Americans with disabilities deserve equal opportunities for economic self-sufficiency. On July 26, 1990, we took an important step toward this goal by passing the Americans with Disabilities Act. By prohibiting discrimination against individuals with disabilities, the ADA has changed the lives of millions of Americans with disabilities. However, in order to continue working towards access to equal opportunities for Americans with disabilities, there is more work to be done. As we celebrate the 30th anniversary of the passage of the ADA, we can honor its legacy and build upon its mission by passing the ABLE Age Adjustment Act.
There is no question that living with a disability can often come with significant financial challenges. Just six years ago, all Americans with disabilities risked losing their means-tested benefits anytime they saved more than $2,000. This discouraged saving and increased financial instability among individuals who already have significantly higher costs of living. In acknowledgement of this difficult situation, the ABLE Act was passed in 2014.
Through tax-advantaged savings accounts created under the Achieving a Better Life Experience Act, eligible individuals are now able to save money without the risk of losing important public assistance. Funds in ABLE accounts can be used to pay for any disability-related expenses – from health care to education, transportation, adaptive equipment, assistive technology, personal support services, and more.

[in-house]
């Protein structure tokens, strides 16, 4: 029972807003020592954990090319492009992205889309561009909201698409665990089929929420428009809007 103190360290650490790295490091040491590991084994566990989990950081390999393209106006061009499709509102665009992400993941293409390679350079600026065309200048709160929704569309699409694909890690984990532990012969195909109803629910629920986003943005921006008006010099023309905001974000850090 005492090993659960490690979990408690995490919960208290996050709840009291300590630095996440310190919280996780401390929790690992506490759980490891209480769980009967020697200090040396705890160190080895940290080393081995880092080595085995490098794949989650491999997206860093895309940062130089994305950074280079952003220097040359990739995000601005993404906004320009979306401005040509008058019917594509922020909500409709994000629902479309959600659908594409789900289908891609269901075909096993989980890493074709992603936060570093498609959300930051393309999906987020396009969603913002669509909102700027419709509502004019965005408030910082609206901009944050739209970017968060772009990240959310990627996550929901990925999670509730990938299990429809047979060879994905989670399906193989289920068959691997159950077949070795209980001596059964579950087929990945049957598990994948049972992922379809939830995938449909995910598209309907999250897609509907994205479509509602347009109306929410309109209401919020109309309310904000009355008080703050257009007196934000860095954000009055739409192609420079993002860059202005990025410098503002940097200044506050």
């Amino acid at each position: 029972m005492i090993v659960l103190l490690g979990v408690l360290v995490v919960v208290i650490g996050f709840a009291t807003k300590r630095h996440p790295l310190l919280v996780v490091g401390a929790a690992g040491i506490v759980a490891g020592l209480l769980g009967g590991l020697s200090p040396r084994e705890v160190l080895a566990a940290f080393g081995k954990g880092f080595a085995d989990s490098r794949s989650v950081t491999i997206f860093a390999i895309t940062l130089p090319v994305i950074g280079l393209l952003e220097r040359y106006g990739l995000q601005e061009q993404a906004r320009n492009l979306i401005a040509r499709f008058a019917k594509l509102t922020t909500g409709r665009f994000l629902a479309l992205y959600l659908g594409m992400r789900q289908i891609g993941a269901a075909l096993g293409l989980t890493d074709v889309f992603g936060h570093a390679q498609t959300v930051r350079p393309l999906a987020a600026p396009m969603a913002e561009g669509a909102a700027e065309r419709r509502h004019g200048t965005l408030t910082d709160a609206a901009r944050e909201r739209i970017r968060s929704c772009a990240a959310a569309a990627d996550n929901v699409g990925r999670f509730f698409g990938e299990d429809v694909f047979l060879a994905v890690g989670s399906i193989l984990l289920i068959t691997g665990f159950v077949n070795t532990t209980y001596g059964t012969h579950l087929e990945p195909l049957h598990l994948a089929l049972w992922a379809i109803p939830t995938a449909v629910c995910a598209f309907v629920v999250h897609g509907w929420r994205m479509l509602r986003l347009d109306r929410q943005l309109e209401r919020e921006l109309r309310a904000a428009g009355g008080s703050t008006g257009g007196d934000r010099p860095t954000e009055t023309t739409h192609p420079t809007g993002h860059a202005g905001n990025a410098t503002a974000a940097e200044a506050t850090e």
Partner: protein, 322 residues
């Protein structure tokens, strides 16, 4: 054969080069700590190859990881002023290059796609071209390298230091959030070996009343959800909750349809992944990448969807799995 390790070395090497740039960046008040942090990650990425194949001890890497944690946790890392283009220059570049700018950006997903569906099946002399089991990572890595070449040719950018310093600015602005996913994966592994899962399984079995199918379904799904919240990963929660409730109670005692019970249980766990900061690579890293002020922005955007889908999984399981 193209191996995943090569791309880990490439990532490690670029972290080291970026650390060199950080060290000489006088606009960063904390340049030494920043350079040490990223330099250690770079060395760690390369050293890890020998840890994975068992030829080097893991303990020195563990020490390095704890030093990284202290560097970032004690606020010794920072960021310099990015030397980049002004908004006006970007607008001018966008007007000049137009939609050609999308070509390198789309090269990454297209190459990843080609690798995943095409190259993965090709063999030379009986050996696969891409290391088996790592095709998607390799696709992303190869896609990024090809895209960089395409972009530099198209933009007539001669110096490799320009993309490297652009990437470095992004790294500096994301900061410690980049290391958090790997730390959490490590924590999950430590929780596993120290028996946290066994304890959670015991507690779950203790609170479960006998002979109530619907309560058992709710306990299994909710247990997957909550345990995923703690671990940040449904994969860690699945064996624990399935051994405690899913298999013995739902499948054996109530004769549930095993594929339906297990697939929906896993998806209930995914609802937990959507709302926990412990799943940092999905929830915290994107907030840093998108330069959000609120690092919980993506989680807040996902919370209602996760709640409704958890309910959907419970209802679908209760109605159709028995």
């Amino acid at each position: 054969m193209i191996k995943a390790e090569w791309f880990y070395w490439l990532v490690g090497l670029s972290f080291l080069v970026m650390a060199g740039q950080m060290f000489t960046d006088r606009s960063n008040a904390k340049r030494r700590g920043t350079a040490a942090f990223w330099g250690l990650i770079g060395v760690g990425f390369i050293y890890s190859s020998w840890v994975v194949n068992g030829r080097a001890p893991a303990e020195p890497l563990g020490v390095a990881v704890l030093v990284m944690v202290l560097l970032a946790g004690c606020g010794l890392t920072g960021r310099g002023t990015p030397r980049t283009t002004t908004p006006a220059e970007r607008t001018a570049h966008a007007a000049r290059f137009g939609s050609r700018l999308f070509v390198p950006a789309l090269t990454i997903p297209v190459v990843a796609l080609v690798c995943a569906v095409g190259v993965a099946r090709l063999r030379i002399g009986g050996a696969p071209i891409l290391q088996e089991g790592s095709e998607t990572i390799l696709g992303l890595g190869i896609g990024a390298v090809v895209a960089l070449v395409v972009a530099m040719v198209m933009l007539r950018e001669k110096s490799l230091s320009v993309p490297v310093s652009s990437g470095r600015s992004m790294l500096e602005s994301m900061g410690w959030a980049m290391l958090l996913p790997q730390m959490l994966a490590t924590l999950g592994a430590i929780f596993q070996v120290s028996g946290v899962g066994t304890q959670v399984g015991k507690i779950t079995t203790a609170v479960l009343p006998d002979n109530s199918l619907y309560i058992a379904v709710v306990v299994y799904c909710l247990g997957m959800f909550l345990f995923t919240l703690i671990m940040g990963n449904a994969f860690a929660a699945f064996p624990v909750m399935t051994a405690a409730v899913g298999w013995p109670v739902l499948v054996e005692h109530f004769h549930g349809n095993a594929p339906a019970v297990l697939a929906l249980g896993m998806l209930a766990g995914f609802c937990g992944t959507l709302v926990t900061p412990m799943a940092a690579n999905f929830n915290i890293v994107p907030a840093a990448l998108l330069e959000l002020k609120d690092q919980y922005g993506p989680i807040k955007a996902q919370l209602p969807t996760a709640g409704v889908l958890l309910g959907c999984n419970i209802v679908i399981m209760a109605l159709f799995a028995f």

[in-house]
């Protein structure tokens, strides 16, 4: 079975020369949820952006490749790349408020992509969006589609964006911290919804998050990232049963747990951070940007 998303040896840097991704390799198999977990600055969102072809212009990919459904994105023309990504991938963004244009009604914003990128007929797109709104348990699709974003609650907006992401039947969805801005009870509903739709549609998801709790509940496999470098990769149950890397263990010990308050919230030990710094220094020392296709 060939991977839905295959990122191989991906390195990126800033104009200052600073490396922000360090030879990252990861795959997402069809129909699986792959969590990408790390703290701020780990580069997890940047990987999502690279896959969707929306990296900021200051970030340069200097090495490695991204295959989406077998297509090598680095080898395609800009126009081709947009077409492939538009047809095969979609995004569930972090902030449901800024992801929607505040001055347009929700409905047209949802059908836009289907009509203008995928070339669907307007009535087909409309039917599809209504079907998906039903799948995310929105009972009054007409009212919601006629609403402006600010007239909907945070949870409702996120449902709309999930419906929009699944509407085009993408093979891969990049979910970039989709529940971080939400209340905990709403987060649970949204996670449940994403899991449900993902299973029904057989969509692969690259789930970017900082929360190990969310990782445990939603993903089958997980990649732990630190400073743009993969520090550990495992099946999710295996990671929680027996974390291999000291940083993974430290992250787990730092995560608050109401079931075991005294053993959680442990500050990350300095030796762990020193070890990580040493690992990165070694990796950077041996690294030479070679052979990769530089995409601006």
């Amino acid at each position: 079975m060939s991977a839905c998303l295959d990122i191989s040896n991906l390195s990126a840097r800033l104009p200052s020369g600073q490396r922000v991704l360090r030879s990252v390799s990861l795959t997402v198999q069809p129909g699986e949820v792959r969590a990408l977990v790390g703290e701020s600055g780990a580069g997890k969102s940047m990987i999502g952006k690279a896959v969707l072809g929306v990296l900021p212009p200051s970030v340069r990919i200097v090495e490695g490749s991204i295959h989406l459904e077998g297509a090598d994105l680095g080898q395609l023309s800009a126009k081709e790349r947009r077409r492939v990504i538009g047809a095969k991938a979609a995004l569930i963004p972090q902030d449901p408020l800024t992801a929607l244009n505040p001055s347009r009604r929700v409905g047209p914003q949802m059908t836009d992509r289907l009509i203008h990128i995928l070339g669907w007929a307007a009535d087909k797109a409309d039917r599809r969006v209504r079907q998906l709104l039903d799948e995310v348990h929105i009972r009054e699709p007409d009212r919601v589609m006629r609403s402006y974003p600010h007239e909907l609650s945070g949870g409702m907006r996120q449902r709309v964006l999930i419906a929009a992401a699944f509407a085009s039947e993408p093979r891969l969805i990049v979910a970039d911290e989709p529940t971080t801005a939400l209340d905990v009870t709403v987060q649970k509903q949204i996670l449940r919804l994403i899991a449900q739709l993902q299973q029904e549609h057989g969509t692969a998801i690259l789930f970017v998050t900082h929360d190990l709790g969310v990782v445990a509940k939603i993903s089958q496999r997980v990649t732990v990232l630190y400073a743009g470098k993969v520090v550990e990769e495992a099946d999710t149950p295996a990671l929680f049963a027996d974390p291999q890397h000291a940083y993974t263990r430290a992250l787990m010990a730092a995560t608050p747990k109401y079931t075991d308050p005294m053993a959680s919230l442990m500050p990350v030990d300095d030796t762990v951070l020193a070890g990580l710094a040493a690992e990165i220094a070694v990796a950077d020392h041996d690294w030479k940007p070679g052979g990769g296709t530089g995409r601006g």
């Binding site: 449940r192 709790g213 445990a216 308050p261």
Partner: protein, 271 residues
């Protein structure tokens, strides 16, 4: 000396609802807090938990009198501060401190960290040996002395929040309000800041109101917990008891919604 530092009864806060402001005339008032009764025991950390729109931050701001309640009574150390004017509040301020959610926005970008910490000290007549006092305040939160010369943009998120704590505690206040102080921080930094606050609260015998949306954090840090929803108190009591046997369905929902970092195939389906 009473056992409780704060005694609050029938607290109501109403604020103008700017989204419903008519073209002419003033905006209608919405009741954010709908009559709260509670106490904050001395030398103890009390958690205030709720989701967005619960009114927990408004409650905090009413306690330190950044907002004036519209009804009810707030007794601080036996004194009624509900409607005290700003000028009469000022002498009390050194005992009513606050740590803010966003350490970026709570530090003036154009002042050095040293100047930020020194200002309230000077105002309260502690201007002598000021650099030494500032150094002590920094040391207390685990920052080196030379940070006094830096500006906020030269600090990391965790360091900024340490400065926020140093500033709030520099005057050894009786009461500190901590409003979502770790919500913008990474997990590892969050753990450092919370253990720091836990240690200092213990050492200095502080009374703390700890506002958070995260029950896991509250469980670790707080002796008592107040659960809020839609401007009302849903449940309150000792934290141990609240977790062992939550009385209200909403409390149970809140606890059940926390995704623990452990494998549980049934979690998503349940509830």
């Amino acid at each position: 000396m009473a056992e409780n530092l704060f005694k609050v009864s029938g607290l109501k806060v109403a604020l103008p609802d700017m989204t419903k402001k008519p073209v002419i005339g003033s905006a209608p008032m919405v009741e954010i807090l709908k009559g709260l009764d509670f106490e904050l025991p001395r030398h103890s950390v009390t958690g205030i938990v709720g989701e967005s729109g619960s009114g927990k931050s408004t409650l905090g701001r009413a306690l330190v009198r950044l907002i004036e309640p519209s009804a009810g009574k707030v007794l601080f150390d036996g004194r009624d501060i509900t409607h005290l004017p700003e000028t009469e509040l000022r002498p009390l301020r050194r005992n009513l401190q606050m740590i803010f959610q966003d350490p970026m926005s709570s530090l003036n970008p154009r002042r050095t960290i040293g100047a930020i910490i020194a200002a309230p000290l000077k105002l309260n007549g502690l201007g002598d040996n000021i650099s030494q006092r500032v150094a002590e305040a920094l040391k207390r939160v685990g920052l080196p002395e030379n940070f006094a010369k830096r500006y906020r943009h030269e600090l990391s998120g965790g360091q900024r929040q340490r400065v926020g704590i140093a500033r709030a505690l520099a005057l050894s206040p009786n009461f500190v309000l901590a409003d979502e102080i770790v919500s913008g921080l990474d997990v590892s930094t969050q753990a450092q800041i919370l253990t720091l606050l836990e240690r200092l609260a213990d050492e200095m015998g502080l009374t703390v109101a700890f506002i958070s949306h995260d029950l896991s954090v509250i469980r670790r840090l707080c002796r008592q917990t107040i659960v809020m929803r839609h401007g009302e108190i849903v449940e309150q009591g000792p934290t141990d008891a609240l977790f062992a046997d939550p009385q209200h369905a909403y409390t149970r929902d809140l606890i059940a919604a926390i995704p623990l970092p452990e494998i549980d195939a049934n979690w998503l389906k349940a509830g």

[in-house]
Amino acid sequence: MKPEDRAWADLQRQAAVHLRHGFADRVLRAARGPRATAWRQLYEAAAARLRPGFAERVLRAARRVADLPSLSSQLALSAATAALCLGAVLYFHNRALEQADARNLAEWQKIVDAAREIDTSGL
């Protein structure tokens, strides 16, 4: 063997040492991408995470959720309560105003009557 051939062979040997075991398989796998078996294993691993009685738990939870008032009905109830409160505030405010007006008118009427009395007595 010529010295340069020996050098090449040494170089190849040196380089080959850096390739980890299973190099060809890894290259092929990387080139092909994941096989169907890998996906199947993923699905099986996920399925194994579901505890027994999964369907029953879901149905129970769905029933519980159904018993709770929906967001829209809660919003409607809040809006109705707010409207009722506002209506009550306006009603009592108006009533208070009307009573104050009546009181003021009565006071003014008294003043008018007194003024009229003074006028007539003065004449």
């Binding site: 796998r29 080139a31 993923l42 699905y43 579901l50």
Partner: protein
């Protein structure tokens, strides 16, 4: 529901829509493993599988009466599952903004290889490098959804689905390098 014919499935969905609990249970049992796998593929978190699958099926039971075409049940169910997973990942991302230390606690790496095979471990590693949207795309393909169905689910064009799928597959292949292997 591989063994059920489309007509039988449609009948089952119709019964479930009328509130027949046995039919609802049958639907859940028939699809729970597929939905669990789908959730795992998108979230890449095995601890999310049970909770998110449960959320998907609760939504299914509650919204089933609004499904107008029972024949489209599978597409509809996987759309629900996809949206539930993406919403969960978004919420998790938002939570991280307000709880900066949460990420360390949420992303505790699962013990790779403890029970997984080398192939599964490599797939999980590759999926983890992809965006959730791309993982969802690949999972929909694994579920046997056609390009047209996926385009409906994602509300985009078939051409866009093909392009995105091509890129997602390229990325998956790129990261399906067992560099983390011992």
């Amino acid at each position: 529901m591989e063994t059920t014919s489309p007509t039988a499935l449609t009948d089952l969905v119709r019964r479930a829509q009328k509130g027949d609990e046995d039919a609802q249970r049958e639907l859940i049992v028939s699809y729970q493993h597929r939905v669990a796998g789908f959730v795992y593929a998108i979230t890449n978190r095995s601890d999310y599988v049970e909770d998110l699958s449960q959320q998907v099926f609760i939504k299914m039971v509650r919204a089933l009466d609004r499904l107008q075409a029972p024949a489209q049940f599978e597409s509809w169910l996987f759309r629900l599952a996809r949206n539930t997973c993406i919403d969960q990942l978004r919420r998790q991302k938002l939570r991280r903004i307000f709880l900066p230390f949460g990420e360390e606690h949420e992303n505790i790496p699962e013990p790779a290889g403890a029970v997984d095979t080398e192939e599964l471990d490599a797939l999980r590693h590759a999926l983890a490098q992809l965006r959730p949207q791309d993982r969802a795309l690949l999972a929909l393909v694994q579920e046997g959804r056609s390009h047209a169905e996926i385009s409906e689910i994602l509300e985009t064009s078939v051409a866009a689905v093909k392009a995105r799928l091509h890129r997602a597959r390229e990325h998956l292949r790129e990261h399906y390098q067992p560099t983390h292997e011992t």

However, after more than five years, and on the 30th birthday of the ADA, millions of Americans with disabilities still remain ineligible to open an ABLE account due to an age cut-off written into the original legislation. Currently, individuals must acquire their disability by the age of 26 in order to be ABLE-eligible. This prohibits millions of Americans with disabilities from participating in this important program simply because they acquired their disability after turning 26 years of age.
While enrollment in ABLE programs is growing, age-adjustment legislation would greatly enhance the impact of the program. It is increasingly common for disabilities to be diagnosed later in life, most notably amongst our Veteran population. Through the ABLE Age Adjustment Act, a bipartisan bill that would lift the ABLE age cap from 26 to 46, we can give millions of additional Americans with disabilities the opportunity to save.
This legislation is now more urgent than ever. The COVID-19 pandemic has underscored the importance of economic stability and personal savings, especially for Americans with disabilities. Adults with disabilities experience higher rates of unemployment and underemployment and are more likely to be employed only part-time. In the midst of this difficult time, these statistics make it even more critical that we ensure more Americans with disabilities have access to the opportunity to save through ABLE accounts.
So, as we celebrate the 30th anniversary of the ADA, we must reflect upon the purpose of this legislation – to ensure that Americans with disabilities have the same rights and opportunities as all other Americans. This includes the right to save and attain financial independence. The best way we can honor and build upon the monumental legacy of the ADA is by passing the ABLE Age Adjustment Act.
Fiona Ma is the California State Treasurer and chair of the NAST ABLE Committee.
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